FIFA president Sepp Blatter issued a public apology Friday after the fallout from his remarks that gay soccer fans should abstain from sex during the 2022 World Cup at Qatar.

Blatter told journalists in Abu Dhabi that he was sorry if anyone was offended by his comments earlier this week in South Africa, where he said gay visitors should "refrain from any sexual activities" in Qatar because of the Gulf nation's strict laws against homosexuality.

"It was not my intention and never will be my intention to go into any discrimination," Blatter said in Abu Dhabi, which is hosting the Club World Cup.

"This is exactly what we are against. If somebody feels that they have been hurt, then I regret [it] and present apologies."

Blatter's comment prompted a leading international gay rights group to demand an official apology from FIFA.

Juris Lavrikovs, communications director for the European branch of the International Lesbian, Gay, Bisexual, Trans and Intersex Association, said the comments were "very unfortunate and have left people deeply offended" and said "we are talking about a very basic human right that is being violated."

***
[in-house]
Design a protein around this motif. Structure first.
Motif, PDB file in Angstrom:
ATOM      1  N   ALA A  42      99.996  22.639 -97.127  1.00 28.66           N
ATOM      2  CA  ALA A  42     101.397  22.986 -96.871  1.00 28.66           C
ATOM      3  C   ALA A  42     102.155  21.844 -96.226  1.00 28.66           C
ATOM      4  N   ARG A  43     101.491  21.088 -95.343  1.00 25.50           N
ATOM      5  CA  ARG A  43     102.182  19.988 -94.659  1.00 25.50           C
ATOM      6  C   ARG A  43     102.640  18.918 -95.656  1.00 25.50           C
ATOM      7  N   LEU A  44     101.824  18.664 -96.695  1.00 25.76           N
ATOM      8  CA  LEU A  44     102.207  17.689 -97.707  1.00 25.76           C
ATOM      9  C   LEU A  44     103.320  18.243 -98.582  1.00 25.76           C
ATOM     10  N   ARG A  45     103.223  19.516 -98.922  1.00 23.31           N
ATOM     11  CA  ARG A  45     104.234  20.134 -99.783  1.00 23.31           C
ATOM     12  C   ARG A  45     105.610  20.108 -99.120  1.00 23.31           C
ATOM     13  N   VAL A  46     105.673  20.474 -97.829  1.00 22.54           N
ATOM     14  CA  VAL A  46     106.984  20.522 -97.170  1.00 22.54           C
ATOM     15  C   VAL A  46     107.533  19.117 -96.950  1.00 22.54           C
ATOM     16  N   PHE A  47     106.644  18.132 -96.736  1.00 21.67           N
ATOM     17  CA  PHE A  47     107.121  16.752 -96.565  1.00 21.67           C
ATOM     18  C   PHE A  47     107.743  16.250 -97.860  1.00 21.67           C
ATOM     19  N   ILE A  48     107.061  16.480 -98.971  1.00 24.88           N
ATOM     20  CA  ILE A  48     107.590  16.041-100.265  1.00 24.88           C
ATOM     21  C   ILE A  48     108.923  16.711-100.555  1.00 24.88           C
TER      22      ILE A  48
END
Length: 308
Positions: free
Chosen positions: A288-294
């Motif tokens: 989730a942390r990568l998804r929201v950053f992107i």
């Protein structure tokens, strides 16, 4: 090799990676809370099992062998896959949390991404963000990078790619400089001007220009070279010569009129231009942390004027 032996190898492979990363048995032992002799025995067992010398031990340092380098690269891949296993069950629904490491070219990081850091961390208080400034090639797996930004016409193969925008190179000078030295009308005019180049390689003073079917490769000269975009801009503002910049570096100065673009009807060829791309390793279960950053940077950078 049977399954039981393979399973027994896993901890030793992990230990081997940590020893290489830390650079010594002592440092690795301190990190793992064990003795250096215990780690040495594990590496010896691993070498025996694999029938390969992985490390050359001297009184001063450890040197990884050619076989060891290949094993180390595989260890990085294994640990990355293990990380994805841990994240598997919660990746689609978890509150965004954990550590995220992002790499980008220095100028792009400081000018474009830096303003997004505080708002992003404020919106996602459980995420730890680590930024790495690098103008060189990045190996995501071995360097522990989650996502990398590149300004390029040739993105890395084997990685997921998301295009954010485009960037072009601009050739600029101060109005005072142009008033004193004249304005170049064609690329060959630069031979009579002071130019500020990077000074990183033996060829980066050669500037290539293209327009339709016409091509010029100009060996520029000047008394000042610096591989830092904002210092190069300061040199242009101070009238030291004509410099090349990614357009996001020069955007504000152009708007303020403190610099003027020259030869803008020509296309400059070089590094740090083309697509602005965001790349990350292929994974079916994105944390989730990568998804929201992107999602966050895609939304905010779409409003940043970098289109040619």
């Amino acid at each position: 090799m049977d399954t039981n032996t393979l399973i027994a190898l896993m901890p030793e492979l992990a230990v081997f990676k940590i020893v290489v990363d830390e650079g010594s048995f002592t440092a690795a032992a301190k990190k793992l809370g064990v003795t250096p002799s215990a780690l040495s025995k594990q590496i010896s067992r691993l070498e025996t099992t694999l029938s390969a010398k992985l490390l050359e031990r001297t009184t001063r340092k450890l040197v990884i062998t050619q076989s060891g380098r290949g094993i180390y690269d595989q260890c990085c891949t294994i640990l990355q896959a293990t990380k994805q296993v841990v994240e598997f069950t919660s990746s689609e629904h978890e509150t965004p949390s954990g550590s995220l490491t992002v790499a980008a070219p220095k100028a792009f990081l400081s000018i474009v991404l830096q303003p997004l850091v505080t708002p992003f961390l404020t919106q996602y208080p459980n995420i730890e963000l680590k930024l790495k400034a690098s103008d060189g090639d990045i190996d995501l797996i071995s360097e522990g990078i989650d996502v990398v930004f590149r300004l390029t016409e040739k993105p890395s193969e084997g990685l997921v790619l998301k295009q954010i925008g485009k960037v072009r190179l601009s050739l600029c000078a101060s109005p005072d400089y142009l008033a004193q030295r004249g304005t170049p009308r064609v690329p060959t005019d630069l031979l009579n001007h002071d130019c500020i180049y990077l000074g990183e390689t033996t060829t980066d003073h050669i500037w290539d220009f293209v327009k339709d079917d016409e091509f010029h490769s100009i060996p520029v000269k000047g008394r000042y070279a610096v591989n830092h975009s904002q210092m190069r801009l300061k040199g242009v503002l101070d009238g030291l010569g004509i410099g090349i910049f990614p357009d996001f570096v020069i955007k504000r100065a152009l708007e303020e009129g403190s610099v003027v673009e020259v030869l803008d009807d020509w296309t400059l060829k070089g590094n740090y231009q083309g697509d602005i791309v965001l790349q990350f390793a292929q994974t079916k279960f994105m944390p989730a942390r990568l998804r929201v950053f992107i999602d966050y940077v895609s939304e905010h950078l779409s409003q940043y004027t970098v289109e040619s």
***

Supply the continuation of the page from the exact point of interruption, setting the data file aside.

Lavrikovs said that Qatar and more than 70 other countries in the world still criminalize individuals for homosexual relationships, and some countries even punish them by death.

Qatar beat the United States, Australia, Japan and South Korea in the FIFA vote on Dec. 2 to host the 2022 World Cup.

Since winning the right to host the tournament, concerns have been raised about Qatar's social restrictions, limiting the drinking of alcohol to hotels, frowning on public affection and considering homosexuality taboo.

Herman Ouseley, chairman of Kick It Out, a British campaign group for equality and inclusion in football, said earlier this week that he expected better from someone in Blatter's position, and that his joking about the matter showed a lack of leadership.